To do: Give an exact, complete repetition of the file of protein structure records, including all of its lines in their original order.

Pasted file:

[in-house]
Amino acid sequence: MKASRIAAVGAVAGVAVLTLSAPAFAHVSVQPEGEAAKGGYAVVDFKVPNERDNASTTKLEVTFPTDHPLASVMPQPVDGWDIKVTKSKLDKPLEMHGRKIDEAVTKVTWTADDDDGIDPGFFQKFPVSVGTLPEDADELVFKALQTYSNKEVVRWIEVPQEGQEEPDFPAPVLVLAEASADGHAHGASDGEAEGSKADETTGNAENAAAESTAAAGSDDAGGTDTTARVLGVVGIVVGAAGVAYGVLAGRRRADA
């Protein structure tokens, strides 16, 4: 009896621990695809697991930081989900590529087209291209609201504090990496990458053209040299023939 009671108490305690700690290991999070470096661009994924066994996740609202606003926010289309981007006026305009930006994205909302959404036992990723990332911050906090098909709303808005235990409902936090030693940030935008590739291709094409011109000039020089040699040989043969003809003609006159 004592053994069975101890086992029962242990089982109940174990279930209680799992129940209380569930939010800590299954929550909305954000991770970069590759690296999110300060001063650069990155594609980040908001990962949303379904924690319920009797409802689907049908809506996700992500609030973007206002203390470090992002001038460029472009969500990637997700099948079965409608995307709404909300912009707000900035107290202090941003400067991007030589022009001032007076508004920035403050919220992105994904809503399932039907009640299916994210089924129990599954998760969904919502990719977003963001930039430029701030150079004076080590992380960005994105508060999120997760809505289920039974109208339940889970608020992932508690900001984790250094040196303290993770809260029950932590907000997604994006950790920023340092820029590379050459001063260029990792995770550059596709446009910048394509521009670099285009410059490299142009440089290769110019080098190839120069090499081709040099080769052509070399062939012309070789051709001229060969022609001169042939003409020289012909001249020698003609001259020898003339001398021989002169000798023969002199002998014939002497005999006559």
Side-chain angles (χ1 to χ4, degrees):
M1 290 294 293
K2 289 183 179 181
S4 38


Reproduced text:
[in-house]
Amino acid sequence: MKASRIAAVGAVAGVAVLTLSAPAFAHVSVQPEGEAAKGGYAVVDFKVPNERDNASTTKLEVTFPTDHPLASVMPQPVDGWDIKVTKSKLDKPLEMHGRKIDEAVTKVTWTADDDDGIDPGFFQKFPVSVGTLPEDADELVFKALQTYSNKEVVRWIEVPQEGQEEPDFPAPVLVLAEASADGHAHGASDGEAEGSKADETTGNAENAAAESTAAAGSDDAGGTDTTARVLGVVGIVVGAAGVAYGVLAGRRRADA
């Protein structure tokens, strides 16, 4: 009896621990695809697991930081989900590529087209291209609201504090990496990458053209040299023939 009671108490305690700690290991999070470096661009994924066994996740609202606003926010289309981007006026305009930006994205909302959404036992990723990332911050906090098909709303808005235990409902936090030693940030935008590739291709094409011109000039020089040699040989043969003809003609006159 004592053994069975101890086992029962242990089982109940174990279930209680799992129940209380569930939010800590299954929550909305954000991770970069590759690296999110300060001063650069990155594609980040908001990962949303379904924690319920009797409802689907049908809506996700992500609030973007206002203390470090992002001038460029472009969500990637997700099948079965409608995307709404909300912009707000900035107290202090941003400067991007030589022009001032007076508004920035403050919220992105994904809503399932039907009640299916994210089924129990599954998760969904919502990719977003963001930039430029701030150079004076080590992380960005994105508060999120997760809505289920039974109208339940889970608020992932508690900001984790250094040196303290993770809260029950932590907000997604994006950790920023340092820029590379050459001063260029990792995770550059596709446009910048394509521009670099285009410059490299142009440089290769110019080098190839120069090499081709040099080769052509070399062939012309070789051709001229060969022609001169042939003409020289012909001249020698003609001259020898003339001398021989002169000798023969002199002998014939002497005999006559």
Side-chain angles (χ1 to χ4, degrees):
M1 290 294 293
K2 289 183 179 181
S4 38